Here is Loaded cover shot of TOWIE star Amy Childs:


Here is a Vogue cover taken from http://izandrew.blogspot.co.uk/2011/10/natasha-poly-complet-naked-for-vogue.html:


(Photographer: Inez & Vinodh)

If the first one is sexist, degrading, adding to women’s inequality and oppression, is the second? Is a woman’s naked body obscene? If you enjoy looking at female bodies are you inherently disrespecting women?

Here are 2 photos from inside Vogue:

Natasha Poly completely full-frontal naked for Spanish Vogue:


(Photographer: Inez & Vinodh)

This photo is sourced from: http://www.artvalue.com/auctionresult–newton-helmut-1920-2004-german-sie-kommen-naked-french-vogue-1247220.html from French Vogue 1981 (so sexualisation is not so new). Photographer Newton Helmut, print priced between £8,000-£12,000.


Asides from the ‘what is porn and what is art’ questions, I want us to think of the ‘chicken and egg’ argument for a moment.

As the PhD student Sarah Harman of Brunel University wonderfully put it: “ How does porn influence culture’? instead I do feel that ‘how does culture influence porn?'” We talk about sexualisation and objectification as if they are causing a porn culture, but could it be that our culture is fuelling the need for such magazines? That magazines are a symptom of our culture, not a cause?

Employees claiming that they cannot sell certain products on religious grounds have lost at tribunal, so why would Object and UK Feminista believe they have such a strong case? And if they indeed won, what would this mean in law? Does a minorities right to object to these magazines override consumers’ right to purchase, models’ rights to do their job, publishers’ rights to have their lawful business?

Is this bullying?

We often talk of the virgin/whore dichotomy, but I feel it’s high time we emphasise the good guy/bad buy binary. As if the man who enjoys lads’ mags or lap-dancing clubs is bad, sexist, dangerous, and the man who doesn’t is good. The man who watches pornographic films might respect women completely, the man who protests for No More Page 3 might go home and beat his wife, or rape his girlfriend, or sexually bully his workmates, or harass sex workers. We are so keen to Other groups of men, those who read Loaded, those who purchase lap dances, that we miss the issue. Abuse to women happens by all kinds of men. It is not possible to safely distance ourselves by their sexual consumption habits.

There are high profile ‘feminist’ men who are utter misogynists (speaking from experience here).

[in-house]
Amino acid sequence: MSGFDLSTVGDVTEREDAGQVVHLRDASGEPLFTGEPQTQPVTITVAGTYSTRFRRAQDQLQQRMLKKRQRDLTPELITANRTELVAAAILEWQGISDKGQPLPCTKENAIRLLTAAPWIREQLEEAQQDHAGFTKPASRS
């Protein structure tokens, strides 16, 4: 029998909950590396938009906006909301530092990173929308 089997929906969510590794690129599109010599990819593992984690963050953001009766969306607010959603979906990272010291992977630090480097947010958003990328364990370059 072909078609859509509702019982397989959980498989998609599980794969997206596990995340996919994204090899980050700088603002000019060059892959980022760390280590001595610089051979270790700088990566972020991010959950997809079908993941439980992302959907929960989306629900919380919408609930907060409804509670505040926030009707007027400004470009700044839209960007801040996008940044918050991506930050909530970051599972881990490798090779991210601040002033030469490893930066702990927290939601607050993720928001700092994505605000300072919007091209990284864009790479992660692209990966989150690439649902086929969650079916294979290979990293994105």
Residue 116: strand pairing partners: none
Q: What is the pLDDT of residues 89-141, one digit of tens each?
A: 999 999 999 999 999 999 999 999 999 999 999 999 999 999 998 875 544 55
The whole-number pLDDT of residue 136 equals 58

If these magazines were banned, or merely resigned to the past through changes in consumption, would it really make any difference at all to gender inequality and harm to women? And even if you agree that lads’ mags are sexist, or merely not to your tastes, is threatening legal action every time we don’t personally like something ok? What does this say for personal freedoms and censorship?

Tellingly, as soon as the campaign went online, support came flooding in from academics and Object supporters, with one follower saying: “ I have always felt uncomfortable buying stuff in shops with breasts and open legs everywhere”. Which shops are these? These campaigns get a lot of support via online petitions, there is a LOT of money behind them, with full time staff who are accomplished media-savvy women. A counter-campaign ‘Don’t Lose the Lads’ Mags’ just wouldn’t evoke that same ‘common sense’ rationale. Most women don’t have time to go out there campaigning, they are too busy with full time jobs, study, hobbies, children, spouses, lovers, family commitments. These campaigns are spearheaded by women who represent a small minority. Why should they speak for us all?

One supporter of the campaign does a hashtag for the ‘sisterhood’ #sisterhood, presumably only those sisters who are like-minded and keep their clothes on?

These panics about women’s bodies on display are nothing new, they are just better-marketed and better-packaged.


Some great blogs on the Lose the Lads’ Mags campaign:













Harman, Sarah (2012) On pornography, Unpublished paper presented at Let’s Talk About Porn, Royal Holloway University, London.